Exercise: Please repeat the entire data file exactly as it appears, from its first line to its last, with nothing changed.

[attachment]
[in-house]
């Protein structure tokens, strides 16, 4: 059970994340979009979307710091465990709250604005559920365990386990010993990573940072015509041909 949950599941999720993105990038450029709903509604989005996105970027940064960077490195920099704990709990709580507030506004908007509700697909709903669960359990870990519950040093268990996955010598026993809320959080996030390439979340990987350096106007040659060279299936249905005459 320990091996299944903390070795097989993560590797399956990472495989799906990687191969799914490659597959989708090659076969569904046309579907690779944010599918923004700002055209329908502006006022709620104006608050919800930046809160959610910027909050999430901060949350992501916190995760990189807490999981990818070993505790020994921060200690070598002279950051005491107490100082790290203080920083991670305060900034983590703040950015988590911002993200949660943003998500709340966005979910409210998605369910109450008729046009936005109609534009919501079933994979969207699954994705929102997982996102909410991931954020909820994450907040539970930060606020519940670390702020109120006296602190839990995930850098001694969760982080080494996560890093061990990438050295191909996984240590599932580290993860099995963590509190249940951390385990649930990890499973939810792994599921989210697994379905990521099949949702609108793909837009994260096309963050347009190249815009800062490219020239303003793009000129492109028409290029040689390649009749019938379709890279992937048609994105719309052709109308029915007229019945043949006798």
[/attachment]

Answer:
[in-house]
């Protein structure tokens, strides 16, 4: 059970994340979009979307710091465990709250604005559920365990386990010993990573940072015509041909 949950599941999720993105990038450029709903509604989005996105970027940064960077490195920099704990709990709580507030506004908007509700697909709903669960359990870990519950040093268990996955010598026993809320959080996030390439979340990987350096106007040659060279299936249905005459 320990091996299944903390070795097989993560590797399956990472495989799906990687191969799914490659597959989708090659076969569904046309579907690779944010599918923004700002055209329908502006006022709620104006608050919800930046809160959610910027909050999430901060949350992501916190995760990189807490999981990818070993505790020994921060200690070598002279950051005491107490100082790290203080920083991670305060900034983590703040950015988590911002993200949660943003998500709340966005979910409210998605369910109450008729046009936005109609534009919501079933994979969207699954994705929102997982996102909410991931954020909820994450907040539970930060606020519940670390702020109120006296602190839990995930850098001694969760982080080494996560890093061990990438050295191909996984240590599932580290993860099995963590509190249940951390385990649930990890499973939810792994599921989210697994379905990521099949949702609108793909837009994260096309963050347009190249815009800062490219020239303003793009000129492109028409290029040689390649009749019938379709890279992937048609994105719309052709109308029915007229019945043949006798």